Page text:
One of our case studies references specifically an occasion when someone was away from the office and the office was closed. They then took a call outside working hours from someone who was with a competitor, won a service contract and got some incremental revenues off the back of that. That example shows the importance of the ability to constantly be in contact with your customers and be able to serve your customers when it suits them.

I think UC is a really different way of communicating. If you look at the move within the industry from fixed phones to IP, the user experience was not a lot different. There were some business benefits but the benefits to the user were pretty small. In the transition that we’re now seeing with UC and FMC, the user experience is fundamentally different. There is a real tangible user and business benefit that was not as visible with the deployment of IP telephony.

CBR: How does the overall mobile network fit into FMC?

TB: The way that we deploy fixed mobile convergence is consciously device-agnostic. We don’t believe that you should have to have a smartphone to get FMC. We don’t believe you should have to have a different experience on the mobile from the fixed. We don’t believe you should have to load an application onto your smartphone to get the benefits of the service.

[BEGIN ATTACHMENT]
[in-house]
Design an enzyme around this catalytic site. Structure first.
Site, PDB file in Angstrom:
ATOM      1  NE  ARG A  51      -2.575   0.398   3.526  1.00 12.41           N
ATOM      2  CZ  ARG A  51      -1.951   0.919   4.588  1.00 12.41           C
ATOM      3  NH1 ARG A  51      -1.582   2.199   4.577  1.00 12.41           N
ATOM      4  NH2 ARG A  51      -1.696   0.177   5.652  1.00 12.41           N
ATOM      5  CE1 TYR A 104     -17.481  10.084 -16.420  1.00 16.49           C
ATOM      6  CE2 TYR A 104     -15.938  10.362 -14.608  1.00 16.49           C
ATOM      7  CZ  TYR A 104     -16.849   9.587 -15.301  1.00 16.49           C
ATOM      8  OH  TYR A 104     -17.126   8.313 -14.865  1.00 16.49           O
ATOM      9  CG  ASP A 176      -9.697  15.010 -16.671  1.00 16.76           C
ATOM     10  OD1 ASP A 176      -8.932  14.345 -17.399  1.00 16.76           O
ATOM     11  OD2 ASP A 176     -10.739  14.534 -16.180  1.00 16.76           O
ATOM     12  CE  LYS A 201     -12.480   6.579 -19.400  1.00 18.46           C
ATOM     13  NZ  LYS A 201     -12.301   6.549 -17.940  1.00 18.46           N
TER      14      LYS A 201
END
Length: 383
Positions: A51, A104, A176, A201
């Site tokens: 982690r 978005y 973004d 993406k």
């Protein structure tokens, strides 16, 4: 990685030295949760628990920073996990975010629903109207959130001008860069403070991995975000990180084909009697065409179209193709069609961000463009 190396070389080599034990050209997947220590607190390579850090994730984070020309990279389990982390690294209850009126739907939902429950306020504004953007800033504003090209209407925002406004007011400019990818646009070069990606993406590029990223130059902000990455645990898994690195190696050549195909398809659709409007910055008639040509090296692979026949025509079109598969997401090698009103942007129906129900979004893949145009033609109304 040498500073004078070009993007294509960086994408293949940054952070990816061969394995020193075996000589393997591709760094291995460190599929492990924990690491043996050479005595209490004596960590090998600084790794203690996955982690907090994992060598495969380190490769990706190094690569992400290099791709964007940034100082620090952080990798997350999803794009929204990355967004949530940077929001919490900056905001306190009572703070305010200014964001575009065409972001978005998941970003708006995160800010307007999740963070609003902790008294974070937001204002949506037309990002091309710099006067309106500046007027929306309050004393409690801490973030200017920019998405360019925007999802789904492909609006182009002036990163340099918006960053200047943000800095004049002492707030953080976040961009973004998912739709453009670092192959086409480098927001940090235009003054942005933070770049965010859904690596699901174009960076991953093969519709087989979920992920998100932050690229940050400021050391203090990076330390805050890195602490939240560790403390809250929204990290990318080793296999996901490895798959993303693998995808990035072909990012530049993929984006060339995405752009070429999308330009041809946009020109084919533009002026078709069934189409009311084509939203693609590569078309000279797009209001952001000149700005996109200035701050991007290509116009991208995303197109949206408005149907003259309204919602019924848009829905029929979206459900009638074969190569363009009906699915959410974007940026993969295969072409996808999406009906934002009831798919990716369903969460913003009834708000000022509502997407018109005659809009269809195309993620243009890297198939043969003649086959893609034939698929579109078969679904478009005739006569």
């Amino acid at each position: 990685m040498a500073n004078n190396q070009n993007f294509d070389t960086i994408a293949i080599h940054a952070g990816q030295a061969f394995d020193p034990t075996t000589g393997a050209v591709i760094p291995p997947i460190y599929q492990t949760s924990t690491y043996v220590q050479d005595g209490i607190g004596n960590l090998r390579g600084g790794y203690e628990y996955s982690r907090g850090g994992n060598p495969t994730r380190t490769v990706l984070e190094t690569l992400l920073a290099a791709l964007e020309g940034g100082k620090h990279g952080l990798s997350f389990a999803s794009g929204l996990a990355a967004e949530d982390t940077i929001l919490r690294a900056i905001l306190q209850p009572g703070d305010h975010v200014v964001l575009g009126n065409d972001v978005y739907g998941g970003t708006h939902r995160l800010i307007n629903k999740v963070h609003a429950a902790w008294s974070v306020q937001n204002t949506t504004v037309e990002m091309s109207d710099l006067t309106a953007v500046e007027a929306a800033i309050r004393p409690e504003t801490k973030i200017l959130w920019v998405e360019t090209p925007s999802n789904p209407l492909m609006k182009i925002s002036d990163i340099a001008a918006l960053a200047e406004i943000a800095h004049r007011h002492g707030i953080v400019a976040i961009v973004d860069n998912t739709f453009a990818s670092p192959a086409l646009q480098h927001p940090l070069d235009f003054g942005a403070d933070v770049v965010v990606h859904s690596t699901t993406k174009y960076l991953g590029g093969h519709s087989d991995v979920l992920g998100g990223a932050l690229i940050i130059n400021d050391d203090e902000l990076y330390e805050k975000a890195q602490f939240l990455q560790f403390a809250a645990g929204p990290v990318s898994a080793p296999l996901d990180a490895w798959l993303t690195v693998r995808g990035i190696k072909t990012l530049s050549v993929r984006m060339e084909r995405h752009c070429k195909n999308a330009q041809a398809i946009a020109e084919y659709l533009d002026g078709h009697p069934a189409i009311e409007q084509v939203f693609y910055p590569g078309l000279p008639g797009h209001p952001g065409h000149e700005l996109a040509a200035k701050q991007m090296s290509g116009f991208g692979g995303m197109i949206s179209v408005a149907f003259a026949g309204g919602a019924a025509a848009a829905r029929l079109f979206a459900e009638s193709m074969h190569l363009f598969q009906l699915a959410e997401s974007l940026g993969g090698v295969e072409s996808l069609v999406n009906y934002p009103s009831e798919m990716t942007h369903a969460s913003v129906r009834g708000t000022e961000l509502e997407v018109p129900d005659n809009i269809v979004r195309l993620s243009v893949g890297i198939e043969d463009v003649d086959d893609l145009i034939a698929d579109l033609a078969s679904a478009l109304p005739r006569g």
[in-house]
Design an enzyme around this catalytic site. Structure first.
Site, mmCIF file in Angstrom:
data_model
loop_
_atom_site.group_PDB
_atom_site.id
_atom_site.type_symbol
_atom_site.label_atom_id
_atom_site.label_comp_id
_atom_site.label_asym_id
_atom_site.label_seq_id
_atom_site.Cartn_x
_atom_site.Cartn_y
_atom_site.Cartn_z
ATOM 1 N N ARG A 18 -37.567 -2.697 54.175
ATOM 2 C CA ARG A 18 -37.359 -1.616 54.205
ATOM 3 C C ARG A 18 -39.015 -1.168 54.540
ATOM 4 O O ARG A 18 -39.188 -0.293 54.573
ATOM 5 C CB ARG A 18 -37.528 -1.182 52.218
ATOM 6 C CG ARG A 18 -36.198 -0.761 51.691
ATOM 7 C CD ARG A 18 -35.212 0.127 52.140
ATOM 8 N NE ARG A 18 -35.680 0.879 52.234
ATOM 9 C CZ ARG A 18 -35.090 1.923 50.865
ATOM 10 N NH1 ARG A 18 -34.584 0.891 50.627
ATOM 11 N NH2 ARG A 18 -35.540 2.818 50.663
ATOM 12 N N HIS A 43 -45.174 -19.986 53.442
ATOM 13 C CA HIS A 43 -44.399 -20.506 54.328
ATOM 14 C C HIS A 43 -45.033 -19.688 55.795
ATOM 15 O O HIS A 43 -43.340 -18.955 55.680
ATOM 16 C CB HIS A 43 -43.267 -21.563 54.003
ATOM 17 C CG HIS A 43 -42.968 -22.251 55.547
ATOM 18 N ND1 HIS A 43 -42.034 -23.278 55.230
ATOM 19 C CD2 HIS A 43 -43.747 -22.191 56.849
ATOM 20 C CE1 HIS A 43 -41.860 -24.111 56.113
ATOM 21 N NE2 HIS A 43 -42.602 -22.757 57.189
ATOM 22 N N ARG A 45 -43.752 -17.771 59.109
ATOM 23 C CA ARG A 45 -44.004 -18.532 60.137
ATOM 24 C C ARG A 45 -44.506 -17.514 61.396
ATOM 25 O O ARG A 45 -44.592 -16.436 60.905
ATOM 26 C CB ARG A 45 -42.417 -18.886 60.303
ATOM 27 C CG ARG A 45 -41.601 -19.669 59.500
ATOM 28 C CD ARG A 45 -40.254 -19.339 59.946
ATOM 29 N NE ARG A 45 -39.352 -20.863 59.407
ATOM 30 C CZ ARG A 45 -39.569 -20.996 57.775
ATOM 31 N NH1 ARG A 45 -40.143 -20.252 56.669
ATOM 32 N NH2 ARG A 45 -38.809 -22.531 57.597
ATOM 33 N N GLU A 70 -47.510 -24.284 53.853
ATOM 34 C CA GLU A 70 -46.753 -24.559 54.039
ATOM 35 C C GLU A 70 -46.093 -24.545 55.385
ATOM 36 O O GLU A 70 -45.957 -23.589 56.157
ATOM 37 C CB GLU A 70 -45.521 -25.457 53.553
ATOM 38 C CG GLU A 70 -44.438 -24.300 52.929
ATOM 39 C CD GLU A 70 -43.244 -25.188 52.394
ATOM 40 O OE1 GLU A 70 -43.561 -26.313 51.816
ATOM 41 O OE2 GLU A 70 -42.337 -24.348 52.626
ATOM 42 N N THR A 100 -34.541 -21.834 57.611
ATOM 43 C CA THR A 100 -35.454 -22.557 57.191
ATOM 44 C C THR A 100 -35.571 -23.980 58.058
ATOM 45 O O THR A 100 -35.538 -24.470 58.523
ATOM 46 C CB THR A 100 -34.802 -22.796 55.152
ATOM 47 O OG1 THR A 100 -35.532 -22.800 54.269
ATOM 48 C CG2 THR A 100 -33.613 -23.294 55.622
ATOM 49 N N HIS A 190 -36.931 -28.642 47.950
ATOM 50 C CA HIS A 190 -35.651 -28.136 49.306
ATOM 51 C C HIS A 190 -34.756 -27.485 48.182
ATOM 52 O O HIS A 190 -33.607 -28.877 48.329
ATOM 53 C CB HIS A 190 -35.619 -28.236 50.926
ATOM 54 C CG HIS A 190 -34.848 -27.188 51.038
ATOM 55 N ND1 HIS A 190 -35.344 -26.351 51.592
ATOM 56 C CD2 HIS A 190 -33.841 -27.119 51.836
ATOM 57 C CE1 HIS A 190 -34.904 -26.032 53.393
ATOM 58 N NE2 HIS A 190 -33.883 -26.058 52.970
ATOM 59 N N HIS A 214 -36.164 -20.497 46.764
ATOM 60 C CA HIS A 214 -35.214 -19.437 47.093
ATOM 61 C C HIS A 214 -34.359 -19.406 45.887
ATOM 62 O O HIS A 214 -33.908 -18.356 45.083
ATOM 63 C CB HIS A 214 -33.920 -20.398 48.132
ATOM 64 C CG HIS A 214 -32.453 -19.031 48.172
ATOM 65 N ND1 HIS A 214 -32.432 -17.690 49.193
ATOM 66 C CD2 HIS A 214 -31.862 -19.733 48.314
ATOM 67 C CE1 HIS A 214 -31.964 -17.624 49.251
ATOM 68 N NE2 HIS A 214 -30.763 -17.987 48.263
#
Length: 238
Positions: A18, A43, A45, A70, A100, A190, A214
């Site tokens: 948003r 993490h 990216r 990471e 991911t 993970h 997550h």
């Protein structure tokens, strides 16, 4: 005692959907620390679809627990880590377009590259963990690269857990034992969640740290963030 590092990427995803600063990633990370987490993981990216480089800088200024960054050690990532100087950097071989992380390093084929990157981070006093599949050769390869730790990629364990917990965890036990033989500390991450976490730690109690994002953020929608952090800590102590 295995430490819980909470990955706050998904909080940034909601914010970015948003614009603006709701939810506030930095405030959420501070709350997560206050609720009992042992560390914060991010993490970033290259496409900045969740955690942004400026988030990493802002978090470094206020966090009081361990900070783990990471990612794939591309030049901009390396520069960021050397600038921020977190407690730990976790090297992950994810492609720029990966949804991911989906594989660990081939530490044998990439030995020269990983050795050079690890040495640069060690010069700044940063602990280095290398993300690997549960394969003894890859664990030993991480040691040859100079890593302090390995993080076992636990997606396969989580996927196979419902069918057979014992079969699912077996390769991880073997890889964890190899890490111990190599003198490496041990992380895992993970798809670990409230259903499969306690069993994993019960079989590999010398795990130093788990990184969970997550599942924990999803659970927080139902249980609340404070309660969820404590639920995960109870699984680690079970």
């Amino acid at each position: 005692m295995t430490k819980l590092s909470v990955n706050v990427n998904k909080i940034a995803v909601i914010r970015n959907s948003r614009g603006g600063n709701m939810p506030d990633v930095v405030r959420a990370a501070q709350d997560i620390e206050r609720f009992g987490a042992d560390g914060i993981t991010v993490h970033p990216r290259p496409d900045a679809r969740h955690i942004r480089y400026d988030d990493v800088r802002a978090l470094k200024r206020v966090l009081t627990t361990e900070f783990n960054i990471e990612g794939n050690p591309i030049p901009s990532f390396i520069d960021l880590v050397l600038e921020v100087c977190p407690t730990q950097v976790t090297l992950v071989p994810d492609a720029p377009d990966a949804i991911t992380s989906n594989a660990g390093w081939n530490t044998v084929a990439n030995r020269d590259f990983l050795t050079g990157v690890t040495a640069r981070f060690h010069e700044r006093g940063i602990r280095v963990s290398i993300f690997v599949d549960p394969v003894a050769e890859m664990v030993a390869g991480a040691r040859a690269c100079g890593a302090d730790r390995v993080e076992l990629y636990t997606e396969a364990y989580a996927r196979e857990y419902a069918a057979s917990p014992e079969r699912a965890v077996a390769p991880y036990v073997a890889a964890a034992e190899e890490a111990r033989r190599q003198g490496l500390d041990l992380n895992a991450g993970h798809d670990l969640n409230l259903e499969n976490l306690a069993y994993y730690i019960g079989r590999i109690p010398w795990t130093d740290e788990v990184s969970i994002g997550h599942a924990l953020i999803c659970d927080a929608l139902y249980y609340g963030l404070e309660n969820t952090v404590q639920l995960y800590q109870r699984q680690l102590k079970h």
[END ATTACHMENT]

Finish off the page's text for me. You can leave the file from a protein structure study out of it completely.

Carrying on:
The way that we’ve delivered FMC is true FMC because the integration happens in our network. We are agnostic to the device that the customer chooses to take the call on, be that a 4G device, smartphone or non-smart device or be it fixed line phone or a PC.

The network is fundamentally important because if you’re picking up a call, you use the mobile network. However, we don’t take an approach that you have to have a smartphone to be able to take the benefits of fixed mobile.

CBR: Does this mean that carrier networks have an advantage in UC?

TB: We would argue that having a strong fixed network and a strong mobile network has a direct benefit to customers. The way that we deliver the service is device-agnostic, you don’t have to load an application that could potentially impact the battery power on your phone; it’s a consistent experience across the device. Therefore we think there’s a definite benefit in comparison to a fixed operator.

There are different flavours of FMC in the market. There’s what we call commercial FMC, which is people taking a mobile service and a fixed service and then commercially bundling those together in a package. We don’t think that’s true FMC. We think true FMC is having consistent features across your fixed and mobile, being able to detect the presence of those calls through your own network and delivering it as one service, one subscription with one bill.